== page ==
As per request by Gene Hoffman, and as a matter of strategic sense, I will be changing some nomenclature on the blog. I will no longer refer to “assault weapons” when referring to (arbitrarily) banned self-loading rifles. I caution against complying with his desire to refer to these inanimate objects as semi-automatic, as I think the word “automatic” can incite a reaction in some readers. Thus “assault weapons” are now “(arbitrarily) banned self-loading rifles”. This description is more accurate, and the terminology helps to avoid confusion and unintended reaction. Also, I will no longer use the term “CCW” (Carrying a Concealed Weapon, or Concealed Carry of a Weapon). Instead, I will use either carry license, or license to carry.
I had purposely used the term “assault weapon” (in quotes) to imply that it is not describing anything specific. Anything used to assault anything else is an assault weapon. I am wearing assault shoes. This is being written on an assault computer with my assault fingers. I am assaulting you with my commentary. Assault in this usage is based on the (fallacious) intention of the user. Using this flawed definition, everything is an assault weapon, as anything could theoretically be used as such.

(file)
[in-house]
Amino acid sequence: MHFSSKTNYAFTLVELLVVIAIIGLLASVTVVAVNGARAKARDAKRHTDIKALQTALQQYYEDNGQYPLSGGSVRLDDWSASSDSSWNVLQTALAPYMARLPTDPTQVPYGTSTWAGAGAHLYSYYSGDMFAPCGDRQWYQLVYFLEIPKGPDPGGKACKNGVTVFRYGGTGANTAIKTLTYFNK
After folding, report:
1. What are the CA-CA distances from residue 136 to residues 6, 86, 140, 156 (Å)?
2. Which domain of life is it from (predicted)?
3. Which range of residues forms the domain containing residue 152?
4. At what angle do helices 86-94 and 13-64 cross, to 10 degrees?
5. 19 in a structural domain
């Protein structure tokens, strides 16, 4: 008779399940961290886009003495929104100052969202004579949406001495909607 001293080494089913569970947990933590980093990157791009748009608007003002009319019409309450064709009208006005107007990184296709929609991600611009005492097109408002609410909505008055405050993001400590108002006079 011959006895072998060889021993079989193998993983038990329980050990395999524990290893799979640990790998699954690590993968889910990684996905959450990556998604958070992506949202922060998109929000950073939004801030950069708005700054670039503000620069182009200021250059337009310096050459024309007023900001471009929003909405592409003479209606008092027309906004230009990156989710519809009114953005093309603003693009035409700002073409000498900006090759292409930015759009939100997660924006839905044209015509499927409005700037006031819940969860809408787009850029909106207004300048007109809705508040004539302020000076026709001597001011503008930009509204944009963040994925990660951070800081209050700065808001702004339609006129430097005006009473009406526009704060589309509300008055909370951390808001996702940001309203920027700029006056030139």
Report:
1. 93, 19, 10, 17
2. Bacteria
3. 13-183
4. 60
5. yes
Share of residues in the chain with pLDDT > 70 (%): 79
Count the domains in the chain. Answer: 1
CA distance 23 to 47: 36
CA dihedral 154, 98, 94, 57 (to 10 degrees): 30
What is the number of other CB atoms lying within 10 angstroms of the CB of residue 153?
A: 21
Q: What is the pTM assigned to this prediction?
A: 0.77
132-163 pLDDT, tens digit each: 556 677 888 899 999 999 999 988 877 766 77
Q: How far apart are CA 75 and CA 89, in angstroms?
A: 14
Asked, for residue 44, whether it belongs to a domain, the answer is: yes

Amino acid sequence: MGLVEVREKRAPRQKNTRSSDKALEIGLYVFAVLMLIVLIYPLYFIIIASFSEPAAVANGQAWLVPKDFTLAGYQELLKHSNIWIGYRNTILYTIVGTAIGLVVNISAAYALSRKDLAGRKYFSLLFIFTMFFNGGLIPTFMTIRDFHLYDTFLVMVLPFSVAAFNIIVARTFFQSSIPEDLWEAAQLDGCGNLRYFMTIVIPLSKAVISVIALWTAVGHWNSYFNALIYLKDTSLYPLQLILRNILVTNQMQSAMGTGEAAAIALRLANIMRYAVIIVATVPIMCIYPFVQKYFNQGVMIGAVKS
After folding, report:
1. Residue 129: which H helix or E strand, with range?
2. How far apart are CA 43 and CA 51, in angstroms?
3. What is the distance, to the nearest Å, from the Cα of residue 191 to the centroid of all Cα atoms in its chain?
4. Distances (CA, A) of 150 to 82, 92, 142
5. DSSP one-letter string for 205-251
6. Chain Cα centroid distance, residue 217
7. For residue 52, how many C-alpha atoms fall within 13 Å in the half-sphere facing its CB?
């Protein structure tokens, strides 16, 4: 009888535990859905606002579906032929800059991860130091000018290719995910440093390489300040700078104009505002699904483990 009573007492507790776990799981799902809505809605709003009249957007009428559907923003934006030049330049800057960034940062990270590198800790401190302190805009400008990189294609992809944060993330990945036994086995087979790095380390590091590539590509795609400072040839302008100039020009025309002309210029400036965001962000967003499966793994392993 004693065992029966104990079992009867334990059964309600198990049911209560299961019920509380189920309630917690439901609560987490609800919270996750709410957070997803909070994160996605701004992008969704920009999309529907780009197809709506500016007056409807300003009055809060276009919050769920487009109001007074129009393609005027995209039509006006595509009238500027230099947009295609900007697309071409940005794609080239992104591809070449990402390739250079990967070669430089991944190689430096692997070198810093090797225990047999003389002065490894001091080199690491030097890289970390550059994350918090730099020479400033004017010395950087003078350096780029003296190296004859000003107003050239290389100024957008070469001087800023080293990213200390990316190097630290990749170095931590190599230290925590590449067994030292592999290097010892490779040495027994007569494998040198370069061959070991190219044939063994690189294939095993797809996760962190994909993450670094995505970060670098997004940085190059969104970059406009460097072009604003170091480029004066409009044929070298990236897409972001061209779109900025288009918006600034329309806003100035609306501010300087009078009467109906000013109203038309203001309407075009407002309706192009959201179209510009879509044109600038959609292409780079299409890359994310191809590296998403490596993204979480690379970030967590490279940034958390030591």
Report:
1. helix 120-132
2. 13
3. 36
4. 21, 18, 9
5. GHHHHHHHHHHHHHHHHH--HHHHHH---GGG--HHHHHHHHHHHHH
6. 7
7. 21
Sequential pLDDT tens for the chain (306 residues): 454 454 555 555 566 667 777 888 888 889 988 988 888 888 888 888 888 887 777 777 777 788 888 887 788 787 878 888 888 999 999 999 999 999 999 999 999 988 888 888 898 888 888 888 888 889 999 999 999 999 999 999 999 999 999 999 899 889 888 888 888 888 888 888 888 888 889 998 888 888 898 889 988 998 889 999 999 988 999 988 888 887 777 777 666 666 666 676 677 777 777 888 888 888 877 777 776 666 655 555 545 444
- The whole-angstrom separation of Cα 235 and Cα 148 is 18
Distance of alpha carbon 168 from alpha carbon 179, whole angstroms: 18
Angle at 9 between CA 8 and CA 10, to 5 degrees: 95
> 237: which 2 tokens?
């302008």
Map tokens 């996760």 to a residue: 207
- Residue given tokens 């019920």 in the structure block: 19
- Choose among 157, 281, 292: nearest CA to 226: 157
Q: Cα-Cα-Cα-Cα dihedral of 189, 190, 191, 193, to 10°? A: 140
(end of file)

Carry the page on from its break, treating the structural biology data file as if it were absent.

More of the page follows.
Unfortunately, even using terms in quotes does not fully deflate the incendiary language that is implied. “Assault weapon” is an irresponsible term that was intended to be confused with “assault rifle“. But they are not the same thing- no matter how similar they look. The similarities in appearance were used as a scare tactic in passing the Roberti-Roos Assault Weapons Control Act of 1989 and the Federal Assault Weapons Ban, the subtitle of the Violent Crime Control and Law Enforcement Act of 1994.
An assault rifle is a selective fire (selectable between semi-auto and fully automatic) rifle (capable of being fired from the shoulder) that uses an intermediate cartridge and a detachable magazine. Assault rifles are the standard infantry weapons in most modern armies. Assault rifles are categorized in between light machine guns, which are intended more for sustained automatic fire in a light support role, and submachine guns, which fire a pistol cartridge rather than a rifle cartridge.
I posted this video earlier but figured it was worth another appearance:
And while we’re on the topic of nomenclature, here’s the magazine vs. clip video again: